The testimony is uncontroverted that the "bad check" referred to was a check drawn on Mrs. Weston's account for $116.28 made payable to K-Mart and returned through a bank error to K-Mart for insufficient funds in late November or early December of 1985. Upon the return of that check, Mrs. Weston had immediately contacted K-Mart Corporation, which assured her that the problem had been resolved. It was not until the January 27 visit that Mrs. Weston found out, via her husband, that a problem existed.
Further attempts by Mrs. Weston to resolve the problem met with resistance from *738 management-level personnel. Thereafter, Mrs. Weston instituted this action to recover damages for injury to her reputation and for invasion of privacy. From a judgment for Weston, K-Mart appeals.
This Court, in Caterpillar Tractor Co. v. Ford, 406 So. 2d 854, 856 (Ala.1981), stated the standard for appellate review of motions for directed verdict:"A directed verdict is proper only where there is a complete absence of proof on an issue material to the claim or where there are no disputed questions of fact on which reasonable people could differ. Deal v. Johnson, 362 So. 2d 214 (Ala.1978). In considering a motion for directed verdict, the court must apply Rule 50(e), A.R.Civ.P., under which `a question must go to the jury, if the evidence, or any reasonable inference arising therefrom, furnishes [so much as] a mere gleam, glimmer, spark, ... or a scintilla in support of the theory of the complaint....' Dixie Electric Company v. Maggio, 294 Ala. 411, 318 So. 2d 274 (1975). "In addition, the trial court must view the entire evidence, and all reasonable inferences which a jury might have drawn therefrom, in the light most favorable to the non-moving party. Alabama Power Company v. Taylor, 293 Ala. 484, 306 So. 2d 236 (1975); Vintage Enterprises, Inc. v. Cash, 348 So. 2d 476 (Ala.1977). Also, this Court's function in reviewing a motion for a directed verdict is to review the tendencies most favorable to the non-movant, regardless of a view we may have as to the weight of the evidence, and we must allow such reasonable inferences as the jury were free to draw, not inferences which we may think the more probable. Beloit Corp. v. Harrell, 339 So. 2d 992 (Ala.1976)."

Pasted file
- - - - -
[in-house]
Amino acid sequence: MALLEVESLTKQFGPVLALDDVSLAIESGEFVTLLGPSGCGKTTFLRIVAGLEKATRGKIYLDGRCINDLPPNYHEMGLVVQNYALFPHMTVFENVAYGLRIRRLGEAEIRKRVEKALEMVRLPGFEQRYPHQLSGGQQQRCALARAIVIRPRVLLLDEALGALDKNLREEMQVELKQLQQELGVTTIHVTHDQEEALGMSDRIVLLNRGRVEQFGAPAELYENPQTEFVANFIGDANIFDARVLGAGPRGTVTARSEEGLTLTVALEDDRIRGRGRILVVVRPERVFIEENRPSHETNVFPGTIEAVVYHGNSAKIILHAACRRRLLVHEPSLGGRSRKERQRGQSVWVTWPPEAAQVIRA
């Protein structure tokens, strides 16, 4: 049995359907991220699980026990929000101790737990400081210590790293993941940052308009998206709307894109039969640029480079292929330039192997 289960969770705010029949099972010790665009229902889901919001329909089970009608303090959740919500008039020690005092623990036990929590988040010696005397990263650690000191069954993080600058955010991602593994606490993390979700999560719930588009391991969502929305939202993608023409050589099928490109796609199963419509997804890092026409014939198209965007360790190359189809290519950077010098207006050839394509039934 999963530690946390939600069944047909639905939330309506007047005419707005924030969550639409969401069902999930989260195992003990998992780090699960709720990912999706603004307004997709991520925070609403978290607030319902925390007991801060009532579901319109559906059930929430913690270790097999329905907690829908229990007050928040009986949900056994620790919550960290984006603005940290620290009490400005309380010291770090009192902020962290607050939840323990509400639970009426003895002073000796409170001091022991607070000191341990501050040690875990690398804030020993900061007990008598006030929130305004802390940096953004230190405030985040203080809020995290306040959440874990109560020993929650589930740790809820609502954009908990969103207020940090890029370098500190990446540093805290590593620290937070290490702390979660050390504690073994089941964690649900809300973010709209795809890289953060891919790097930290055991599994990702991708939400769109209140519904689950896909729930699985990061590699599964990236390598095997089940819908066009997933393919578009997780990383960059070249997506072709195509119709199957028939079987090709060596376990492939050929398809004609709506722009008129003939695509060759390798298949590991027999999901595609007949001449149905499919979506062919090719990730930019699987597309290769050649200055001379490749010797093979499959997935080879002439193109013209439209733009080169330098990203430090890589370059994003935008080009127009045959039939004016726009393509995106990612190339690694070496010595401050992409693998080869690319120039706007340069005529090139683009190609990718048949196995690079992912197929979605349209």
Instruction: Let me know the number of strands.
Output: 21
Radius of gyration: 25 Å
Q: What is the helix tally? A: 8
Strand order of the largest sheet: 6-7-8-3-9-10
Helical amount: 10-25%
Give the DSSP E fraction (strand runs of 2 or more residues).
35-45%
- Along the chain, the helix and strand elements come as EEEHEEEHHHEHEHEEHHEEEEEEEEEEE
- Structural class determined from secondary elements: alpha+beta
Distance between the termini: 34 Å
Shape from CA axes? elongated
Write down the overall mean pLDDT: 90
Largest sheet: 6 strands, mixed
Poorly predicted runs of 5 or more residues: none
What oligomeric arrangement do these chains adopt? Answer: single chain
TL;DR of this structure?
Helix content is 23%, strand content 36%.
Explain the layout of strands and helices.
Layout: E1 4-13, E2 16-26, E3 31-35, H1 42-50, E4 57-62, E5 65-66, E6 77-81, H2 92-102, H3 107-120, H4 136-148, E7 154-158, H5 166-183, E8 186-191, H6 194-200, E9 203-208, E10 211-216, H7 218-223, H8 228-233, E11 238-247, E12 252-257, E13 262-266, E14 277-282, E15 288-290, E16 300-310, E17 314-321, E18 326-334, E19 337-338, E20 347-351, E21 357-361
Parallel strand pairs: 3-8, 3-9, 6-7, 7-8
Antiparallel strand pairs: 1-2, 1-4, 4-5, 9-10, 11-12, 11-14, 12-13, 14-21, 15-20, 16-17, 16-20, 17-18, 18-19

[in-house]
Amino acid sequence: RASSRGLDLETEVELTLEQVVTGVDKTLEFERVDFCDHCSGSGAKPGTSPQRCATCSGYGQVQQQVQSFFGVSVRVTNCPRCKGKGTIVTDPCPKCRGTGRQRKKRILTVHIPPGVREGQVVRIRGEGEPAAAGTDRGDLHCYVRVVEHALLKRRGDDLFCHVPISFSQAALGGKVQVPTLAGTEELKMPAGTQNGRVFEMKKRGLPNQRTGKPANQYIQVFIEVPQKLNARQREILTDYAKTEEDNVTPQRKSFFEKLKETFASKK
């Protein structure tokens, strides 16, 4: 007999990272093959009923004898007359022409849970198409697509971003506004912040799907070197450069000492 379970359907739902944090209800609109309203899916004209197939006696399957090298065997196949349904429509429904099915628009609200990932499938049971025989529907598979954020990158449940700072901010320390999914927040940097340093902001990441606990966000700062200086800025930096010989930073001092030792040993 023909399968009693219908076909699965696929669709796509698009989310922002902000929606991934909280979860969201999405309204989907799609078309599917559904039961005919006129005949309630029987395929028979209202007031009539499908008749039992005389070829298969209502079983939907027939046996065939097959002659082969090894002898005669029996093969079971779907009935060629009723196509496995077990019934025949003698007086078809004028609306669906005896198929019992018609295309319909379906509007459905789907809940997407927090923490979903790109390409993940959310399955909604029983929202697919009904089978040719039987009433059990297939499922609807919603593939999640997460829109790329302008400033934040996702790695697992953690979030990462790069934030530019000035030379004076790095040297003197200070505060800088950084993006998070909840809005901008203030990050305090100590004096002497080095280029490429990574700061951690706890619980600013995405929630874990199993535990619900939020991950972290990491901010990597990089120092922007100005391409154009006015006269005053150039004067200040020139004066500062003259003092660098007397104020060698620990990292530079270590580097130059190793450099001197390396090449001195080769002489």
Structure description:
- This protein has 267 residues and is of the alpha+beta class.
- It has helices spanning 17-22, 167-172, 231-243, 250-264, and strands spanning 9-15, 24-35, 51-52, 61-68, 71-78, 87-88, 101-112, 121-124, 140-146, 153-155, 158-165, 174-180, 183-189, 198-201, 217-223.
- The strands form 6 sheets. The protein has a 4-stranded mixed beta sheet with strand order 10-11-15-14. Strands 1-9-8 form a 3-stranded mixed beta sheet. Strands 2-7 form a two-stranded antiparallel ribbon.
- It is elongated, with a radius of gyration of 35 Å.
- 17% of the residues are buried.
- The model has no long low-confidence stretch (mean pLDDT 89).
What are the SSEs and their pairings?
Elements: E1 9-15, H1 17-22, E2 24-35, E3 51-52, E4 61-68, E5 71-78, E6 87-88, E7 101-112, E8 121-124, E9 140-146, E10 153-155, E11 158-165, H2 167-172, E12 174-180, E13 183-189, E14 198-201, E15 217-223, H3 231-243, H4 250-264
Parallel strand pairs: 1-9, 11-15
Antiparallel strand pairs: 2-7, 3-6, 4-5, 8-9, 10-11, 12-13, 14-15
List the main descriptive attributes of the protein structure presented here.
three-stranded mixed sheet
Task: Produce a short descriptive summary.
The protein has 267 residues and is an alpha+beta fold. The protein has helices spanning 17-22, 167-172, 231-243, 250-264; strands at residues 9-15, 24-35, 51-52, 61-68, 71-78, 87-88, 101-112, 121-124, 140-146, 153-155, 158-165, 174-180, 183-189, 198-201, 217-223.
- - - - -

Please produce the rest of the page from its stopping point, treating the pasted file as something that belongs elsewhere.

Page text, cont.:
K-Mart argues that there was not a scintilla of evidence to support Weston's claims of defamation and invasion of privacy. K-Mart further argues that if these claims were properly submitted, then the court nevertheless erred in submitting the claim of punitive damages. We disagree. K-Mart's employee openly communicated to Mr. Weston in front of numerous other customers that Mrs. Weston's check would not be accepted because of an outstanding "bad check." The determination of whether such a statement is defamatory is clearly within the discretion of the jury.